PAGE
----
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Discussion Starter · #1 ·
I was at a gun show and saw one of these sitting on one of Sarco's tables. They gave me a price too good to turn down (120) and added an original Remington Barrel for another 120.

I fell into a bit of luck and was able to send my barrel off to be nitrided (we were sending out a bunch of other things to be nitrided and this didn't cost me any extra).

After some searching, I found a receiver with a bolt from J&G sales for $125. The receiver is a Remington, but it came off of a drill rifle. The receiver face was not symmetrical all around. The bottom left of the receiver face was ground down where the weld had been cut off, leaving me with about 65% contact between the receiver face and barrel shoulder.

So... I hurriedly made a spider chuck and then I chucked the receiver up in my lathe and prepared to face it off.

I turned the receiver face down about 10 to 15 thousandths. By rough estimate, this gave me about 75 to 80 % contact between the receiver face and the barrel shoulder.

The picture above is after I faced off about 10 thousandths.

Next, I had to line the wittness/ indexing marks up between the receiver and the barrel (since my barrel was already fitted with a front sight, and milling a new alignment slot for the front sight would be a bigger PITA than turning the receiver face down so the indexing marks can line up and headspacing a bolt to fit.

When torquing a barrel down, a rough estimate is the have the wittness marks come to about 5 to 7 degrees within dead center. This allows you to torque the barrel/ receiver using about 120 lb-ft of torque to line the wittness marks up (depending upon materials and hardness of the receiver/ barrel of course- this is just a rough estimate)

The picture above is almost there... I had to remove a few more thousandths off of the receiver face. I then put the assembly in my barrel vise and torqued that sucked down.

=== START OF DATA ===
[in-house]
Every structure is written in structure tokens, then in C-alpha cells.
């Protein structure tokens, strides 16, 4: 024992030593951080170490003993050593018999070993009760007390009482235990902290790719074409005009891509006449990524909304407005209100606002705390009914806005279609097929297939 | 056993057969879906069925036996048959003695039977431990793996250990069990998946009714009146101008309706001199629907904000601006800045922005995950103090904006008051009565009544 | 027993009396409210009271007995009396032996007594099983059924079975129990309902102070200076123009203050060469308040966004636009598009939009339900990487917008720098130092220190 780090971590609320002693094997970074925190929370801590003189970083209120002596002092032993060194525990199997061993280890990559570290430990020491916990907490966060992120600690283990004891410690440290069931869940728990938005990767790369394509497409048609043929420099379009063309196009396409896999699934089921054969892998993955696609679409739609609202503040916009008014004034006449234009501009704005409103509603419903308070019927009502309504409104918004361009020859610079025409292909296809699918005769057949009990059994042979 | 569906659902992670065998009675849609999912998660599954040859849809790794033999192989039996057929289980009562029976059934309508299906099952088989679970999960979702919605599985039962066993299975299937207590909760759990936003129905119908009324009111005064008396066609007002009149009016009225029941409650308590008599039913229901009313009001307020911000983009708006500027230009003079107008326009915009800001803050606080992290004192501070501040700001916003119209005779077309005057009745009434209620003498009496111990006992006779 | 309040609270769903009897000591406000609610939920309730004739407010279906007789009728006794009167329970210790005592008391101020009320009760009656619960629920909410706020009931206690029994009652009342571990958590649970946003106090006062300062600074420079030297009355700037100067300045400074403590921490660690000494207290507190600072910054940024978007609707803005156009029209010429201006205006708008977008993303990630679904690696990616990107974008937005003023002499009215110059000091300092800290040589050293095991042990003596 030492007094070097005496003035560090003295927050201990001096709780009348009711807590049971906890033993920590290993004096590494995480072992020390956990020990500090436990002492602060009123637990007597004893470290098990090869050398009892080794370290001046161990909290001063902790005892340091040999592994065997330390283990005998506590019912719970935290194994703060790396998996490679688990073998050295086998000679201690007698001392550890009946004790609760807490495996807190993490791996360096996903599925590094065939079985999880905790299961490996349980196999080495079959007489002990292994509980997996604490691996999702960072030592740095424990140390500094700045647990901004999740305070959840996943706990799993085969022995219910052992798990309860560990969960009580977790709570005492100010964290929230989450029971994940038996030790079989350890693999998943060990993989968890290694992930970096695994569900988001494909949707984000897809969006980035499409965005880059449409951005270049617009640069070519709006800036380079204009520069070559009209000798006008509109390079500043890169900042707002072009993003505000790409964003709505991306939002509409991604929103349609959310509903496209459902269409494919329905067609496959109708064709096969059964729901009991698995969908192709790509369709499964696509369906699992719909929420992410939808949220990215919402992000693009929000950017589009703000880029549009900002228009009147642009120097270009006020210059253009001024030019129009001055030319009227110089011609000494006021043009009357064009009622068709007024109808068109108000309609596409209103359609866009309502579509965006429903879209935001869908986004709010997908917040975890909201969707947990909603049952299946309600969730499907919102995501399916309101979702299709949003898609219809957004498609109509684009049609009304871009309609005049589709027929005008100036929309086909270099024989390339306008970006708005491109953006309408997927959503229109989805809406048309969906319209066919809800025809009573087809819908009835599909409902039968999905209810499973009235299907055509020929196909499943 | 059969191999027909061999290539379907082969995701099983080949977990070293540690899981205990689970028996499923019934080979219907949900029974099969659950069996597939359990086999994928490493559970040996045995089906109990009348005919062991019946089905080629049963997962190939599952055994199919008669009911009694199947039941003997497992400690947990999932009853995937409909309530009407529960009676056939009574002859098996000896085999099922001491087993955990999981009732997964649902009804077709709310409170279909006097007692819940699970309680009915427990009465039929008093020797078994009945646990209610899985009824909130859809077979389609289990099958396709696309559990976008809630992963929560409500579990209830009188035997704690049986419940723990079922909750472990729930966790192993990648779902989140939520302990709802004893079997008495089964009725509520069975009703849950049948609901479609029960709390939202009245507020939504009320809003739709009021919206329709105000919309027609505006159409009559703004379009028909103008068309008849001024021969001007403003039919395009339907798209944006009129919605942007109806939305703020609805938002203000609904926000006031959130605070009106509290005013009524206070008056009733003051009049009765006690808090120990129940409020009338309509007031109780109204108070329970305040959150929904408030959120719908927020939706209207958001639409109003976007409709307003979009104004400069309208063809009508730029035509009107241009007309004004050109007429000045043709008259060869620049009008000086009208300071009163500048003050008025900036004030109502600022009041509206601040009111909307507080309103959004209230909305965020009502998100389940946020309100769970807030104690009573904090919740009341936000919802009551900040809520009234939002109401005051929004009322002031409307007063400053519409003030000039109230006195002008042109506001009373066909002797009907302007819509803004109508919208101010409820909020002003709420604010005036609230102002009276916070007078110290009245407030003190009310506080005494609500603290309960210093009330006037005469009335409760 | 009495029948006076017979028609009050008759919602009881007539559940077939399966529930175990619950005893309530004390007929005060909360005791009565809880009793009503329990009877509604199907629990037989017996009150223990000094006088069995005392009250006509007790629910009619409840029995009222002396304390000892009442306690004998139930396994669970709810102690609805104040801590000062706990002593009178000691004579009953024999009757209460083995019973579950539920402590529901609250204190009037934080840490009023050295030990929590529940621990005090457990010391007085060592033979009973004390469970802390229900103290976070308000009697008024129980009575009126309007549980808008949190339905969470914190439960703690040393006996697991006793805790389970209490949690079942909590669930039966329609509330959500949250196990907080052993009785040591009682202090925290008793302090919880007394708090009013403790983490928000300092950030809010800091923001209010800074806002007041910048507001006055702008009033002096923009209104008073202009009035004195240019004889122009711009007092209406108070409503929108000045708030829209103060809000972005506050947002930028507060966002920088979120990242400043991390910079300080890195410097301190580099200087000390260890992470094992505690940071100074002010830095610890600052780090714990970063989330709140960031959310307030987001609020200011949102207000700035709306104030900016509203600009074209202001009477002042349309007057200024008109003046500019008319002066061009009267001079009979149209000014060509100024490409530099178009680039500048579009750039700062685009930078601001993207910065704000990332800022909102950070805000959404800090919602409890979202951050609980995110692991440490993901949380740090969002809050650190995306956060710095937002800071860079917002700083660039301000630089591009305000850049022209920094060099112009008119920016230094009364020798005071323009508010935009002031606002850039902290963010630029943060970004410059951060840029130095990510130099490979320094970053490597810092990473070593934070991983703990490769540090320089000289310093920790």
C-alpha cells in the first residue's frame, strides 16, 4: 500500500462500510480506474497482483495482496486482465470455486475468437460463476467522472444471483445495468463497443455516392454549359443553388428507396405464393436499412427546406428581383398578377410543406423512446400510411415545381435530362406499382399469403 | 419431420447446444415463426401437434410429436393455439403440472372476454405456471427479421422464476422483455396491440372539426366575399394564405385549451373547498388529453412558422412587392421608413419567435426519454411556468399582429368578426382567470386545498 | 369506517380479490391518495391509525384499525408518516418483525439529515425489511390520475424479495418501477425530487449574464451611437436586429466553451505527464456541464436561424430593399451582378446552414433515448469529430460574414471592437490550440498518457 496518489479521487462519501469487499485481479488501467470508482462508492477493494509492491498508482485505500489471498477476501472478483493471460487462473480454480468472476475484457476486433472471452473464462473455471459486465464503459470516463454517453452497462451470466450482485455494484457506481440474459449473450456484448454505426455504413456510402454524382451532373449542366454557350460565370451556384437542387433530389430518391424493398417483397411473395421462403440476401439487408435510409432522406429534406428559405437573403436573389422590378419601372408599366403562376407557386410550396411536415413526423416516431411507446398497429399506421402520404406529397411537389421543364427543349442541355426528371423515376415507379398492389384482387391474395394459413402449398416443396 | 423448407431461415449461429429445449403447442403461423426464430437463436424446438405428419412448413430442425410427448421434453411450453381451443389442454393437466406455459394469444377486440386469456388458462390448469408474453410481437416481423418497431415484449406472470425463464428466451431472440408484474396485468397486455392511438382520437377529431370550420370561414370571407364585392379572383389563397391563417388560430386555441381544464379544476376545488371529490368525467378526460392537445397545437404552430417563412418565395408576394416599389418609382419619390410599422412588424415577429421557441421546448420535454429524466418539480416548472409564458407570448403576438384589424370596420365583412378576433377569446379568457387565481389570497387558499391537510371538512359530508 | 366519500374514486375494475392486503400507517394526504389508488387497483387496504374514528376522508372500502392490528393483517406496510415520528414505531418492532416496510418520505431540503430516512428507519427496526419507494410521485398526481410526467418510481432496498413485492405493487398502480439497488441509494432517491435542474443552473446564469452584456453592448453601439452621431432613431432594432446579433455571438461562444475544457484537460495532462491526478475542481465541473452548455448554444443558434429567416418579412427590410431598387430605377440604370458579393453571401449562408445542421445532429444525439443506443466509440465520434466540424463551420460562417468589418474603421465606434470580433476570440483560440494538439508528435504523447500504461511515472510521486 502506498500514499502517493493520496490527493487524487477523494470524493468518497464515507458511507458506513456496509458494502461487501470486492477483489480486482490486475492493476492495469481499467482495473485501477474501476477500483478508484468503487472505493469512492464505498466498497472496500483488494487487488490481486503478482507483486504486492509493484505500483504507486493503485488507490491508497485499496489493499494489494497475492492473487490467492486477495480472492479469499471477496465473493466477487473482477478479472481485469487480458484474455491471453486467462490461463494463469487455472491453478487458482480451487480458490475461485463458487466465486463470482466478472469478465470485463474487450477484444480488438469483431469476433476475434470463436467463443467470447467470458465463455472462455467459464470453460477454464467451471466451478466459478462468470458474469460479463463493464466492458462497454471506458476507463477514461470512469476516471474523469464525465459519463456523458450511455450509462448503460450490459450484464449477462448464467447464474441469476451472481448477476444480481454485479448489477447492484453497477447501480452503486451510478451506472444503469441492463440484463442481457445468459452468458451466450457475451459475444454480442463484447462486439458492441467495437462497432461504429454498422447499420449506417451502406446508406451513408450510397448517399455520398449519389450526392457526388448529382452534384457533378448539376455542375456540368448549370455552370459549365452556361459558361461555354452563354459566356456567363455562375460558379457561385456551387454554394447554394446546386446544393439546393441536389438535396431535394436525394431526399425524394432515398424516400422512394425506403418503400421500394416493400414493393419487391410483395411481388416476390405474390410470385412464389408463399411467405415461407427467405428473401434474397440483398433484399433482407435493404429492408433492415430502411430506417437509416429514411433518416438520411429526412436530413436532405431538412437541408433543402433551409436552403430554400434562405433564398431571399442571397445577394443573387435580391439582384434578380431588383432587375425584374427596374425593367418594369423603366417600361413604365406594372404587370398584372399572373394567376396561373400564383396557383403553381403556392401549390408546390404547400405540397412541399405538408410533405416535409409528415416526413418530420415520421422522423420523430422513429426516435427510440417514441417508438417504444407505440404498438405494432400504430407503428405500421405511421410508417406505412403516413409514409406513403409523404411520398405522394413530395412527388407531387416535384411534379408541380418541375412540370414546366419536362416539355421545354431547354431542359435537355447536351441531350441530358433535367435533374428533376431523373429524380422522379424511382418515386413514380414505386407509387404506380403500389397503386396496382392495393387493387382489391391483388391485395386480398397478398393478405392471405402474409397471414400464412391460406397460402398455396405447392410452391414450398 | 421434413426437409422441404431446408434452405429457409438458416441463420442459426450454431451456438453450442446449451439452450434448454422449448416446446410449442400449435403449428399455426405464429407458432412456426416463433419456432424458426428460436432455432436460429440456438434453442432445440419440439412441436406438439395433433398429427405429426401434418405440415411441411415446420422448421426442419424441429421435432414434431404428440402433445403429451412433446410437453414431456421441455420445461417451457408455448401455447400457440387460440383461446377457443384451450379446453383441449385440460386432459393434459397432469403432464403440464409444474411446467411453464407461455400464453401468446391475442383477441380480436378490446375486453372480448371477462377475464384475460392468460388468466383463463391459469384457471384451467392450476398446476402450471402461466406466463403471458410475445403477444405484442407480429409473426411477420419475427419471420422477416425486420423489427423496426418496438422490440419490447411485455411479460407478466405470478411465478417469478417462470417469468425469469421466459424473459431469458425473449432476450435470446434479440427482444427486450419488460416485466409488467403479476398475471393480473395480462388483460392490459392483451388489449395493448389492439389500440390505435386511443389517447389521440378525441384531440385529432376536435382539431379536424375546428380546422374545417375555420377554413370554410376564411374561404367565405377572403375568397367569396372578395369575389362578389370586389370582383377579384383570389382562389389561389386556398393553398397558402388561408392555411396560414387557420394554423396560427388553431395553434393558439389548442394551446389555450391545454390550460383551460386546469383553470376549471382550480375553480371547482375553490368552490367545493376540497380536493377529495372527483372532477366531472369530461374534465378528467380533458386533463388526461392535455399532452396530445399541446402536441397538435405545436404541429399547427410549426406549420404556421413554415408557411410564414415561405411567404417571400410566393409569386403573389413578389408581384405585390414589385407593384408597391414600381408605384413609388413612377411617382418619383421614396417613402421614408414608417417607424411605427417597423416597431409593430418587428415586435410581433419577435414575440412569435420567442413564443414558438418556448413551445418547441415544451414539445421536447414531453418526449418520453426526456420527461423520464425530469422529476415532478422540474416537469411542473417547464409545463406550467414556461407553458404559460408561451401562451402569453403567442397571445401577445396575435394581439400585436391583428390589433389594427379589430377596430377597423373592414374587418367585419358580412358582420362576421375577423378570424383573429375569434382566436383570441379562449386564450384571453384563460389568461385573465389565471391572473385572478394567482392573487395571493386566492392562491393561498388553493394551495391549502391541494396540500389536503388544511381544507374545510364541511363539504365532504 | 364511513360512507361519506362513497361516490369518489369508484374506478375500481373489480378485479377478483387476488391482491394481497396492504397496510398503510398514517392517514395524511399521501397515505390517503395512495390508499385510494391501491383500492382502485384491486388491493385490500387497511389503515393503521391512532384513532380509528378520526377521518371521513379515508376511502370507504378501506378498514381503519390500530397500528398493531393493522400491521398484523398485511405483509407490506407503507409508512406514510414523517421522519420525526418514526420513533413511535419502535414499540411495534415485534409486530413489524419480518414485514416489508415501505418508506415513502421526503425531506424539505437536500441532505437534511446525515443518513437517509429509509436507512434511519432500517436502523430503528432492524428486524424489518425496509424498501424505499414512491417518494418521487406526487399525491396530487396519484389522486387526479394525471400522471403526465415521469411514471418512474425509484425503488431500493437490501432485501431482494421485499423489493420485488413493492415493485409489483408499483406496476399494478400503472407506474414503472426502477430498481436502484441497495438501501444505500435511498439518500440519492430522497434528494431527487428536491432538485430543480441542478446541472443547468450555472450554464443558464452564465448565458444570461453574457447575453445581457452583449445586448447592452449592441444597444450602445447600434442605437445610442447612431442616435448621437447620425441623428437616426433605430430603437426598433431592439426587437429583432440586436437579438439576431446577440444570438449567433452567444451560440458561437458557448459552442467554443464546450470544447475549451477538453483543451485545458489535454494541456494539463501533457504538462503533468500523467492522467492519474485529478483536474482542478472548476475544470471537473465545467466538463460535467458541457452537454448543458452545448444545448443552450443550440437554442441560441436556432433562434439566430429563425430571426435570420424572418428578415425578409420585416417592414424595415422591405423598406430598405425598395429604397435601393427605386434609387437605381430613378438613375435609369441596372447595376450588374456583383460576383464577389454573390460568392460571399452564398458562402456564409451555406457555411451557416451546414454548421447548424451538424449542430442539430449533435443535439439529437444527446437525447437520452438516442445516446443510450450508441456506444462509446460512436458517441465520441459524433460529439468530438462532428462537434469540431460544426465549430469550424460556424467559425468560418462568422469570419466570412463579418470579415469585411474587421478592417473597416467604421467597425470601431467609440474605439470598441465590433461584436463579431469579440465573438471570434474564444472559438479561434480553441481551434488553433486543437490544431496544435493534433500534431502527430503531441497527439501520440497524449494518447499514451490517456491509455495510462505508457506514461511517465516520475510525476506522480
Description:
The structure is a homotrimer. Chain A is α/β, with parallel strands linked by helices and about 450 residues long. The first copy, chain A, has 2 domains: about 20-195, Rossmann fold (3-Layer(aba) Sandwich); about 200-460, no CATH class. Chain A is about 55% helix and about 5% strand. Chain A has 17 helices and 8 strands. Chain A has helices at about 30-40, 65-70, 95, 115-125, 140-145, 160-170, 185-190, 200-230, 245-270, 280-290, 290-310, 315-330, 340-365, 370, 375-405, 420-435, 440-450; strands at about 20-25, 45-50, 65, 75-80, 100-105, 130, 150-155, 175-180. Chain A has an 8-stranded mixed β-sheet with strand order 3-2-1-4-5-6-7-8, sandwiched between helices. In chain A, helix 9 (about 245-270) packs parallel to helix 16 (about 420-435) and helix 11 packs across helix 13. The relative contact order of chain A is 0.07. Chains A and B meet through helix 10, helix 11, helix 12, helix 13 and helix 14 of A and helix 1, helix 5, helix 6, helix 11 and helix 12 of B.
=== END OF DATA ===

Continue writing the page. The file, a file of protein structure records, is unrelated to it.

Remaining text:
Next was to determine which bolt to use. I had 2 of them. One bolt almost closed on the go-gaugge and the other bolt closed on the no-go gauge but not on the field gauge (which was strange considering how much material I took off of the receiver face). While this would be completely safe to shoot (you can safely shoot a rifle with a lot more headspace than people realize- even if the field gauge closes your still usually ok- but there is a limit), I decided to use the other bolt. I chucked the bolt up in a spider chuck and removed a few thousandths off of the rear of the locking lugs (maybe .007- I cant remember exactly how much).

Now I had a working gun. Next task was to refinish the parts into something passable.

I found a stock for cheap (also from Sarco- man I love that place... a bunch of kooks, but they have SO MUCH STUFF I WANT TO BUY). The stock had a cosmetic crack/ chip in the very rear portion of it. I slightly separated the chipped section from the stock, poured in a helping of gorilla glue and broke out the clamps.

Then I decided to cerakote the metal parts of the gun. I painted the barrel and receiver sniper gray and the bolt and other metal parts I did in a green mix. Well, the green mix didn't come out as I planned, nut I would do the sniper gray over again. I was hoping the green would have a slight green tint and be more of a darker/ blacker color (sometimes you see this on firearms that have a bluing with a slightly greenish tint- think Grease Gun).

And here is the crack on the butt stock

The longest part of it all was cleaning up the stock. It was full of oil and grease that had penetrated the wood. I know everyone has their own secret method of cleaning up a stock, but I use oven cleaner followed by sweating the stock. I had to do that rotation about 5 times to get it to where I looked passable (it was a cheap stock).

After erything is said and done, I have about $450 into the gun. It was definitely worth it for a 1903a3 beater.

**** I know there are many people out there who consider the drill rifle receivers unsafe to use. While some receivers might be (probably not though), this one was perfectly fine (besides the cosmetic issue). The weld was no where near the locking lugs nor had it changed the heat treatment anywhere that was not directly next to the welded portion. I don't remember off hand exactly what alloy was used on these rifles, but I do remember they were high in nickle and chrome (they were a completely different steel from the Springfield Armory guns). These steels don't react the same way to heat as do regular carbon steels as they are more tolerant of it (not by a whole lot, but by a reasonable percentage).
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